Spider Mites

Actual Size: Less than 1/20”

Characteristics: Oval, a large dark blotch on sides of the body, two red eyespots near the head.

Legs: Juveniles have 6 legs; adults have 8 legs.

Antennae: No

Wings: No

Habitat: Can be found in fruit and vegetable crops in home gardens and farm fields; also found in turfgrass.


  • To the naked eye, spider mites look like tiny, moving dots.
  • Spider mite damage will appear as small yellow or brown spots on the leaves of plants.
  • Produce webbing that covers leaves and stems of plants when populations are high.

Spider Mite Identification


What Do Spider Mites Look Like?

Spider mites are tiny pests, often less than 1/20th of an inch in size. They can be red, green, yellow, or brown and usually appear as moving dots to the naked eye. Under magnification, spider mites have oval-shaped bodies and eight legs, characteristic of their classification as arachnids.

Signs of a Spider Mite Infestation

They are notorious for infesting and damaging plants, often leaving behind fine webs and yellow or brown spots on leaves, which are signs of their presence. Regular inspection of plants, especially the undersides of leaves, is crucial for early detection and control of spider mites. Call for licensed fleas and ticks exterminator today!


Habitat, Diet, Life Cycle & Bites


Where Do Spider Mites Live?

Spider mites can be found in various outdoor and indoor environments where plants grow. They thrive in warm and dry conditions, making gardens, greenhouses, and indoor potted plants ideal habitats. Common hosts include ornamental plants, vegetables, and fruits. Spider mites tend to congregate on the undersides of leaves, where they feed on plant sap. Their adaptable nature allows them to persist in agricultural fields, landscapes, and residential gardens across North Carolina.

Diet of a Spider Mite

Spider mites primarily feed on plant sap, puncturing the cells with their specialized mouthparts. They extract nutrients from a wide range of host plants, including ornamentals, vegetables, and fruits. This feeding activity can cause damage to the plants, leading to symptoms such as stippling, discoloration, and reduced vigor. Spider mites may also consume pollen and fungal spores opportunistically. Their diet is largely dependent on the availability of host plants in their environment.

Life Cycle of a Spider Mite

The life cycle of a spider mite in North Carolina consists of four main stages: egg, larva, nymph, and adult. Eggs are laid on plant surfaces and hatch into larvae, which molt into nymphs. Nymphs pass through several developmental stages before reaching adulthood. The entire life cycle can be completed in as little as one to two weeks under favorable conditions, allowing for rapid population growth and potential infestation of host plants.

Do Spider Mites Bite?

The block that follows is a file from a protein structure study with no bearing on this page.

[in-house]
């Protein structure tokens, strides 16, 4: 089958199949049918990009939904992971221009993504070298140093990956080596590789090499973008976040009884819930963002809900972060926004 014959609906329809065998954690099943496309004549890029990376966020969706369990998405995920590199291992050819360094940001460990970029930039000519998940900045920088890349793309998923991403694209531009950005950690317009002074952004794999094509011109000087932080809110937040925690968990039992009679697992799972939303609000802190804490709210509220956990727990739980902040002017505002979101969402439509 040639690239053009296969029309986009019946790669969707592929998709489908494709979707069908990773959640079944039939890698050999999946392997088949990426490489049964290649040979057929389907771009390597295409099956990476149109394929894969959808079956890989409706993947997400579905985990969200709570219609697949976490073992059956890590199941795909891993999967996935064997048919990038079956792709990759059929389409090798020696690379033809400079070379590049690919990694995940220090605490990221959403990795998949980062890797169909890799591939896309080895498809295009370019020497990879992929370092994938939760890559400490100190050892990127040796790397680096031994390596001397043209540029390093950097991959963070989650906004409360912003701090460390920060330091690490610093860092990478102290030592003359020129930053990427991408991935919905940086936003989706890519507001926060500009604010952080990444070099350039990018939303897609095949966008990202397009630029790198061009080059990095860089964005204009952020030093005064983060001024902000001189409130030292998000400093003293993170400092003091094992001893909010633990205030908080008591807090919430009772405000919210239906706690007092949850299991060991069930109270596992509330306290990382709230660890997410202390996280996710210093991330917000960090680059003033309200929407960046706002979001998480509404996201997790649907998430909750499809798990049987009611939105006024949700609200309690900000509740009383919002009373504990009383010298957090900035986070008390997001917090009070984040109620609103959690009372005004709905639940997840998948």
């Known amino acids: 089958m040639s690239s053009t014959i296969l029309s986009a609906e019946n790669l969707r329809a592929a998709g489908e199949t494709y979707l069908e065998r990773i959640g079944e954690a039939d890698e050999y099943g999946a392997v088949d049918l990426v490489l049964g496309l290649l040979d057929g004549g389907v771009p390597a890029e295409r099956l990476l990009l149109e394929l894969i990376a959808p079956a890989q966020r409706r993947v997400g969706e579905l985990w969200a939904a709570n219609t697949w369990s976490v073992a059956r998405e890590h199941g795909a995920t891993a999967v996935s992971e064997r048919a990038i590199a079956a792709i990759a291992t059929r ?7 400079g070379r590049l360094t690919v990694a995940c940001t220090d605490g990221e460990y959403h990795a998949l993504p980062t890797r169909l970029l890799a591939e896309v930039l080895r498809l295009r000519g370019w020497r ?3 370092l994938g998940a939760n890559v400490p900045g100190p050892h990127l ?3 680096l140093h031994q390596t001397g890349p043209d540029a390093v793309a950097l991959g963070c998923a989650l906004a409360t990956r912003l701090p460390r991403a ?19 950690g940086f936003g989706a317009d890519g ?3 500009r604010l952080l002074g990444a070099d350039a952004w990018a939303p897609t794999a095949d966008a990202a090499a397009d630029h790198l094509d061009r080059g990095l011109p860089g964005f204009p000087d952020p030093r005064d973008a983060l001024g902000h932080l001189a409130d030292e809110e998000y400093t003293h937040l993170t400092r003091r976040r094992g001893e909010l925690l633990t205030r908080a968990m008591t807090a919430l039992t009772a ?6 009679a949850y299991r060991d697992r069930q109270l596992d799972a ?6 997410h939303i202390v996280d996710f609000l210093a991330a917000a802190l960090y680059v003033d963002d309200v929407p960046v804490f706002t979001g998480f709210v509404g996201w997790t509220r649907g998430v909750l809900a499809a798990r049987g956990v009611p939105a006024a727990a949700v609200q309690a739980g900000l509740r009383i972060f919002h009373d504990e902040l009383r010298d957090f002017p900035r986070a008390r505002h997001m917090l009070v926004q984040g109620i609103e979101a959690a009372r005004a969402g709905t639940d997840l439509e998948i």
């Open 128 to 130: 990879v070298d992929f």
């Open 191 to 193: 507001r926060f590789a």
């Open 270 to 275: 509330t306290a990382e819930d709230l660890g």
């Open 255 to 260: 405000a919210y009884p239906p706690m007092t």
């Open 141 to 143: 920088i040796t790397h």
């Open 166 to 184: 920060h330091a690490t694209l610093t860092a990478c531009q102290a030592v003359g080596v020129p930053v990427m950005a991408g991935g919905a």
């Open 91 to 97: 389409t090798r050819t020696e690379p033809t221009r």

Spider mites, despite their name, are not spiders and do not bite humans. They are tiny arachnids that feed on plant juices by piercing plant cells with their mouthparts. While they can cause damage to plants by feeding on them, they typically do not pose a direct threat to humans or animals. However, their bites might cause minor skin irritation in some individuals who handle infested plants – contact our licensed exterminators today for help!


Are Spider Mites Dangerous?

Spider mites can be dangerous to plants as they feed on their juices, causing discoloration, wilting, and sometimes death if infestations are severe. They reproduce rapidly and can quickly overwhelm plants, especially in warm and dry conditions. However, they are not considered dangerous to humans directly. While their presence may affect agricultural productivity and plant health, they do not pose a significant threat to human health or safety.

How to Get Rid of Spider Mites

To eliminate spider mites, use a strong jet of water to wash them off plants. Introduce natural predators like ladybugs or predatory mites. Apply horticultural oils or insecticidal soaps to suffocate and kill them. Prune affected plant parts and dispose of them properly. 

For healthy plants and to prevent fleas and ticks from coming back – enlist the help of our expert flea and tick exterminators

Spider Mite Prevention Tips

Prevent spider mite infestations by regularly inspecting plants for early signs of damage. Increase humidity levels around plants to deter mites. Avoid over-fertilizing, as it can attract mites. Practice crop rotation in agricultural settings to disrupt their life cycle. Quarantine new plants before introducing them to your garden to prevent introducing mites.

See our other tips to help you to prevent fleas and ticks on your clothing




What kills spider mites instantly?

Insecticidal soaps, neem oil, or horticultural oils effectively kill spider mites on contact by suffocating them. Additionally, using chemical acaricides like pyrethrins or abamectin can provide quick control of spider mite infestations.

Can spider mites infest a house?

Yes, spider mites can infest houses. They may enter homes on infested plants or through open windows and doors. Indoors, they can multiply rapidly, causing damage to houseplants and potentially spreading to other areas of the home.